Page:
When the Kia Sorento crossover SUV debuted in 2002, it was a coarse product getting its bearings in a tough market dominated by American-made utility vehicles. They pushed aside this upstart as an unworthy newcomer. Undeterred, the second-generation Sorento debuted in 2009, evolved and more stylish while making a huge value statement. And now the third-gen, the 2016 Sorento, is a confident graduate that is bigger, quieter, smoother, more efficient and packed with technologies that help without frustration or over-complication.
Kia calls the 2016 model “all new” with a stiffer body structure for reduced noise, vibration and harshness and for a more compliant ride. It has three engine choices, including a new 240-horsepower, 2.0-liter four-cylinder, all of which use a six-speed automatic transmission.
The new model is longer by 3 inches and has a wheelbase stretched by 3.1 inches (to 109.4) and wider by a tad to 74.4 inches. But the new dimensions redistribute the interior room and allow more efficient packaging, Kia says. The Sorento now compares more with such contenders as the Honda Pilot, Ford Explorer and Chevrolet Traverse, but it still is a little smaller and more nimble. Its turning circle of 36.4 feet is anywhere from one to four feet tighter than the competition.
There are four trim levels, in front- or all-wheel drive, with starting prices that range from about $26,000 for the entry L model, with 185-horsepower, 2.5-liter four-cylinder, to $44,095 for the SX-Limited V6 AWD; pricing includes the $995 freight charge from West Point, Georgia.
Today’s tester, a SX-Limited V6 AWD, had a sticker of $48,695 — and it had the feel of entry-level luxury. If there is a technology not included on the SX-Limited it hasn’t been invented. Sit back and enjoy the stitched and aromatic Nappa leather-trimmed upholstery, an acoustic (soundproofed) windshield, smart-key locking with push-button ignition, heated and cooled front seats, a heated steering wheel and just about every form of electronic cyber hook-up, ports and connectivity.
The 290-hp, direct-injection, 3.3-liter V-6 has good and conscientious power, returning AWD fuel economy (on 87 octane) of 17 mpg city, 23 highway and 19 mpg combined; I was averaging closer to 23 mpg. The V-6 has a tow rating of up to 5,000 pounds.
The mid – range 240 – horsepower, 2.0-liter turbocharged four-cylinder has gobs of low-end power — 260 foot-pounds of torque — at a steady flow from 1,450 to 3,500 rpm; with 20/27/23 mpg. This package should work well for most who don’t plan to tow. The standard 2.5-liter four-cylinder (with 178 foot-pounds torque) may not have the oomph desired for go-go drivers on the deadline commute (21/29/24 mpg).
Braking is confident from the 12.6-inch vented front discs and 12.1-inch solid rear discs. Other standard safety features include six air bags (with side curtains), traction and stability controls, hill-start assist and blind-spot monitoring.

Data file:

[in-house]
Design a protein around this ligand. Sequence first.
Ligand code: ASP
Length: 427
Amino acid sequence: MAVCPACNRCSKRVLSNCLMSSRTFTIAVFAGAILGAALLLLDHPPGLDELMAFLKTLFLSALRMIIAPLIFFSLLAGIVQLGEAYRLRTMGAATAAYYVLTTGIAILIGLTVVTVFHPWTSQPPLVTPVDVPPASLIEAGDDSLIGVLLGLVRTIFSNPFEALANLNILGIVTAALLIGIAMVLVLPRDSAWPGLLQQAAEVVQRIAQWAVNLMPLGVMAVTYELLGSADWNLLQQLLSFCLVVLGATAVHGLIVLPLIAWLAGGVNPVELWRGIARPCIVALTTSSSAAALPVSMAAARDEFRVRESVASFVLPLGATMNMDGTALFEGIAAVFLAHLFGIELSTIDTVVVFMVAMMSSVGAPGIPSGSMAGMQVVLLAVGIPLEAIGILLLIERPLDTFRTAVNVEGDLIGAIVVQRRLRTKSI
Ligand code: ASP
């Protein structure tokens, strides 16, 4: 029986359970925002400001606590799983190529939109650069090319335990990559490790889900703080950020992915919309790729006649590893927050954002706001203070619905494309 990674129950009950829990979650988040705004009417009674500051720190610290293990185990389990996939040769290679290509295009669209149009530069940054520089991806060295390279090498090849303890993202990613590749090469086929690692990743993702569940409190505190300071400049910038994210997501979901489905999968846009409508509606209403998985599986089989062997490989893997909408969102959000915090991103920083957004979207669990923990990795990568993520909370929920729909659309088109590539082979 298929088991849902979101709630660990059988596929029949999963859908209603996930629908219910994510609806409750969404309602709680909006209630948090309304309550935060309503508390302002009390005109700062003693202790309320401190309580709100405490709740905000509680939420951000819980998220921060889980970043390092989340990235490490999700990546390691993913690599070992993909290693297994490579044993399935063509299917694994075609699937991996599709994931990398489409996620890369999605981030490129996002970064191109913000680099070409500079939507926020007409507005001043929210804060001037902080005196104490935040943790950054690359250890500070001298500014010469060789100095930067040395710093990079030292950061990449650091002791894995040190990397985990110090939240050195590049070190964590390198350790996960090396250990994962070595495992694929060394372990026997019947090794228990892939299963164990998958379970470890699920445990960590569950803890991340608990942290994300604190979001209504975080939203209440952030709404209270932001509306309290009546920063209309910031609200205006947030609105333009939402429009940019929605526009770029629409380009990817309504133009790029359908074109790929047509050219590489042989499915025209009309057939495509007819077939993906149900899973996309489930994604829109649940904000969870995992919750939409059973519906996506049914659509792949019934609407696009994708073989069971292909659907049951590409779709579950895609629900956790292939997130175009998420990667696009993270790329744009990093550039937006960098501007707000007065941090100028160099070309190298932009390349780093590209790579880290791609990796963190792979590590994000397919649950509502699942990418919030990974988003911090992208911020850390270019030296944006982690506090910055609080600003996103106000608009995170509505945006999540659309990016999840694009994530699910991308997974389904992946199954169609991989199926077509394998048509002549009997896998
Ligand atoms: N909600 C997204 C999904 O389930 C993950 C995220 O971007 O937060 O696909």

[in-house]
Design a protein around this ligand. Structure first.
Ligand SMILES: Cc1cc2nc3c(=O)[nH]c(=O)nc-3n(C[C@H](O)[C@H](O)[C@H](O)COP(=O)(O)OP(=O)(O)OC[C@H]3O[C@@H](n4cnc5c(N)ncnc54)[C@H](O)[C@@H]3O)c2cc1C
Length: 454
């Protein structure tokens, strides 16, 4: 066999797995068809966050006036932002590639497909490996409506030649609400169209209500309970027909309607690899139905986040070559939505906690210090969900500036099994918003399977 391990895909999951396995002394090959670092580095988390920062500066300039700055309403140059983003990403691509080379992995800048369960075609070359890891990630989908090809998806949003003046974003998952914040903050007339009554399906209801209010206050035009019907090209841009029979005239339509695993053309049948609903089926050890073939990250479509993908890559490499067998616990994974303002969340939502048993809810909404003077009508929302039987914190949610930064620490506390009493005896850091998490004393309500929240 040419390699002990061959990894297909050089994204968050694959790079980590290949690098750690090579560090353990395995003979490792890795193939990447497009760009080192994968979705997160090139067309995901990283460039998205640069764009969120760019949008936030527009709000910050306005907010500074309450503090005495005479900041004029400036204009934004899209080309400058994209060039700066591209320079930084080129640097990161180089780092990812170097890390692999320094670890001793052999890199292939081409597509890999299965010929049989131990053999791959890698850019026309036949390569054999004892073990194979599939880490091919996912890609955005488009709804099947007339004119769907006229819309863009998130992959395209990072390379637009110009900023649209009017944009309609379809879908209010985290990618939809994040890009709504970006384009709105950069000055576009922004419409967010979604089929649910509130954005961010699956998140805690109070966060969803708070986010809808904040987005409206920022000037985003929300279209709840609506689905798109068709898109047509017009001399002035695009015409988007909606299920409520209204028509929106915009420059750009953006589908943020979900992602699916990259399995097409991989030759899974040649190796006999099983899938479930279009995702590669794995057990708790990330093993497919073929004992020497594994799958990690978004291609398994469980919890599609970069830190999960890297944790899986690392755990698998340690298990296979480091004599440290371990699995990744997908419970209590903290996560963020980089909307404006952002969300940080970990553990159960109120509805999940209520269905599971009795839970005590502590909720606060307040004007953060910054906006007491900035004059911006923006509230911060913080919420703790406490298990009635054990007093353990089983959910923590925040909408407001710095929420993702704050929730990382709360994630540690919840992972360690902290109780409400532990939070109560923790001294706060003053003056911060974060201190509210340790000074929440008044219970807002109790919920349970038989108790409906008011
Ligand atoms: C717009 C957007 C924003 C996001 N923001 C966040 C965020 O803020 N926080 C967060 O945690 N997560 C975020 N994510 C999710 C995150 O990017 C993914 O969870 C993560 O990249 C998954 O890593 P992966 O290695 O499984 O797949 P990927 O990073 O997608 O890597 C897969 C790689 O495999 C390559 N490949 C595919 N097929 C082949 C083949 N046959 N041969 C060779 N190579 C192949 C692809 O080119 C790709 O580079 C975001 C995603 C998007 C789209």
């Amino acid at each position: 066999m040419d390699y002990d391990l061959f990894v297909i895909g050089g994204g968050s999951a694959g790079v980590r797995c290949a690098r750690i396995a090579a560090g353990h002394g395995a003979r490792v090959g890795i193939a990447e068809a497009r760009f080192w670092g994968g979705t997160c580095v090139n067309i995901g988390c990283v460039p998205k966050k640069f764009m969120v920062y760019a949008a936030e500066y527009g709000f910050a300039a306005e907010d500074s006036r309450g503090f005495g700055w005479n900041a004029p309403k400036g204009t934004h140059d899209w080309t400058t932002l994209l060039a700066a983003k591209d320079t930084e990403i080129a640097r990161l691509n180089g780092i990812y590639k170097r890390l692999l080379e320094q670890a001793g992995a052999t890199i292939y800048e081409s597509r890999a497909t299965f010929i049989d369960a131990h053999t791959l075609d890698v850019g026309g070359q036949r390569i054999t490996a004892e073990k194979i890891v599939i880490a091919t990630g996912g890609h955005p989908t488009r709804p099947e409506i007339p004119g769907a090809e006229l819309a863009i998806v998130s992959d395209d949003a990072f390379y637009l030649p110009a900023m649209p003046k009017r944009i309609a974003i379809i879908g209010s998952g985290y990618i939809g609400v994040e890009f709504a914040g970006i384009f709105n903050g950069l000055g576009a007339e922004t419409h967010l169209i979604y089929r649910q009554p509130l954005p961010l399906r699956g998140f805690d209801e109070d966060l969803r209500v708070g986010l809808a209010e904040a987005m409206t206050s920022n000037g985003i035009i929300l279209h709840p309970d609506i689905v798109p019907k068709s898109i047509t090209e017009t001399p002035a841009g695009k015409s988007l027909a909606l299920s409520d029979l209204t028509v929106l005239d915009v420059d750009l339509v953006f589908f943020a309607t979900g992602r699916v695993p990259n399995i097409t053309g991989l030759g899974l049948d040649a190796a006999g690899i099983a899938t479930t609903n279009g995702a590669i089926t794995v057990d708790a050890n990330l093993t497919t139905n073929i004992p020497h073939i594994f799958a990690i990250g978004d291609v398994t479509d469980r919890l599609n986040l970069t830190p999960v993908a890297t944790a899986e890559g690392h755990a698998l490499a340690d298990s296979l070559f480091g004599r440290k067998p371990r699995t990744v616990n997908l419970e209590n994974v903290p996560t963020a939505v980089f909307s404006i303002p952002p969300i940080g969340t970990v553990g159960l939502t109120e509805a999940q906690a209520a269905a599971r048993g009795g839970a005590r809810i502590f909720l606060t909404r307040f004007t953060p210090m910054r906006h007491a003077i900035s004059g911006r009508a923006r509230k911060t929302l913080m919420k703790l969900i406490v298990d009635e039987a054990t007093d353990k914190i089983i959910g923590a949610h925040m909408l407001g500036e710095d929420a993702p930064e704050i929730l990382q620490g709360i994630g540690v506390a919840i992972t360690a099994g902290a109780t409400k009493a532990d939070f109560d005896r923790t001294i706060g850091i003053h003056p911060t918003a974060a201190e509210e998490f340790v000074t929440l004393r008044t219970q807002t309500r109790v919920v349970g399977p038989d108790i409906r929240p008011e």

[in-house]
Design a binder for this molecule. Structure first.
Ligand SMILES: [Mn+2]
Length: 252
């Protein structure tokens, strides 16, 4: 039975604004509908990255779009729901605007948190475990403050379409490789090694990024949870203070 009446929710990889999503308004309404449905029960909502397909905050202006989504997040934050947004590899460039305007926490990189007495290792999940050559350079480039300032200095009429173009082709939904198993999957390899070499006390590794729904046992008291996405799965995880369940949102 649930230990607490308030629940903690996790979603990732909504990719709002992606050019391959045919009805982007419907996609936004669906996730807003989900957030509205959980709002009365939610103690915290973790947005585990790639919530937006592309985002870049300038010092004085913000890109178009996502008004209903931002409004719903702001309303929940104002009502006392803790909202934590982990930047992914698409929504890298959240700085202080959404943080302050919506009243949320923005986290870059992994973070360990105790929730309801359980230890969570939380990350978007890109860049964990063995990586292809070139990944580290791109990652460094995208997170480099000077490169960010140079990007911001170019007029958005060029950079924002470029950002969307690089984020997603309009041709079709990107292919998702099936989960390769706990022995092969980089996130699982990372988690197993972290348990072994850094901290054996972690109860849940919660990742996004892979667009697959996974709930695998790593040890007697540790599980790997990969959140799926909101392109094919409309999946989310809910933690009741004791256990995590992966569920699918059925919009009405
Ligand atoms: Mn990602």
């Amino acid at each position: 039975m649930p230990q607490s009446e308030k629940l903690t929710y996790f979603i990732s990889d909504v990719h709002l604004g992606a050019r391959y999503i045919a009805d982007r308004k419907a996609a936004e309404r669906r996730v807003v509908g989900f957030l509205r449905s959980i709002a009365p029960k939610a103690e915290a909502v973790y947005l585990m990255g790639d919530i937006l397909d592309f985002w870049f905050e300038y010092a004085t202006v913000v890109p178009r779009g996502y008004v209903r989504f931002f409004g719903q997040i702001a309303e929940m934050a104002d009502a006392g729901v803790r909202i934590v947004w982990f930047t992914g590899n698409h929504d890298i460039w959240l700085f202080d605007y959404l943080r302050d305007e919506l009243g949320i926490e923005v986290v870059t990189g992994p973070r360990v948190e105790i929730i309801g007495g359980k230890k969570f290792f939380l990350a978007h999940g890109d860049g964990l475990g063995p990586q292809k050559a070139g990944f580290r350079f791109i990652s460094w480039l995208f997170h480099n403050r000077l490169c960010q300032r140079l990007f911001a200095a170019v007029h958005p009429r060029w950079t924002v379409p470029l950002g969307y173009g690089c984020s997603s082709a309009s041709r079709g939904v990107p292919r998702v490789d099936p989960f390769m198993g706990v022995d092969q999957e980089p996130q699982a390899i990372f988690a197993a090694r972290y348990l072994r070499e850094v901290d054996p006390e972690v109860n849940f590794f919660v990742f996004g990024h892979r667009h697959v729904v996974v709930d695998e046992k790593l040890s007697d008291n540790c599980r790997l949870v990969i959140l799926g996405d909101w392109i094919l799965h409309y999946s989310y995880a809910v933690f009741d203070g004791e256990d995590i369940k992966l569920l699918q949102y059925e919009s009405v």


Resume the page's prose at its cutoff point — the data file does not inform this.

The Technology package ($2,500) adds lane-departure warning, forward-collision warning, smart cruise control, surround-view monitor, electric parking brake and HID headlights.
The styling has strong lines and stance without trying to cut us with edginess or exaggeration. The Snow White Pearl paint is a $200 upgrade and a handsome contrast with the interior’s black, fabric headliner and panoramic roof, which has a sunroof and a rear fixed pane. Materials and assembly, inside and out, are high quality with precisely aligned panels and seams.
The driving position is commanding with good sightlines made even better with the surround-view monitor, with front and overhead views. The gauges are large and easily viewed in all lighting conditions. There are plenty of cup holders, a tray for a phone or two with charging ports and a locking, lighted glove box. The visors extend and have lighted mirrors. The seats are comfortably bolstered and all-day comfortable. Front head and leg room dimensions are generous at 39.5/44.1 inches. And the ride height allows gracious entry and exits for nearly all sizes of drivers.
The 60/40-split back seat is also comfy with up to 39 inches of legroom, supportive seats with reclining backs and a flat floor, though the center seat is perched and narrow for grown-ups. The SX includes heated window seats and window sunshades.
The easy-fold 50/50 split third row allows for flat storage in the cargo area — good for a kennel crate and enhanced with third row air conditioning. There also are remote releases for the second row seatbacks and some usable subfloor storage.
For less than $50,000, the Sorento SX Limited is a luxury car that happens to be a crossover SUV with a 5,000-pound tow rating, all-wheel-drive, seating for seven and fuel economy that beats the EPA rating.
Kia is now beating the American brands at their best game.
Mark Maynard is online at email@example.com. Find photo galleries and more news at Facebook.com/MaynardsGarage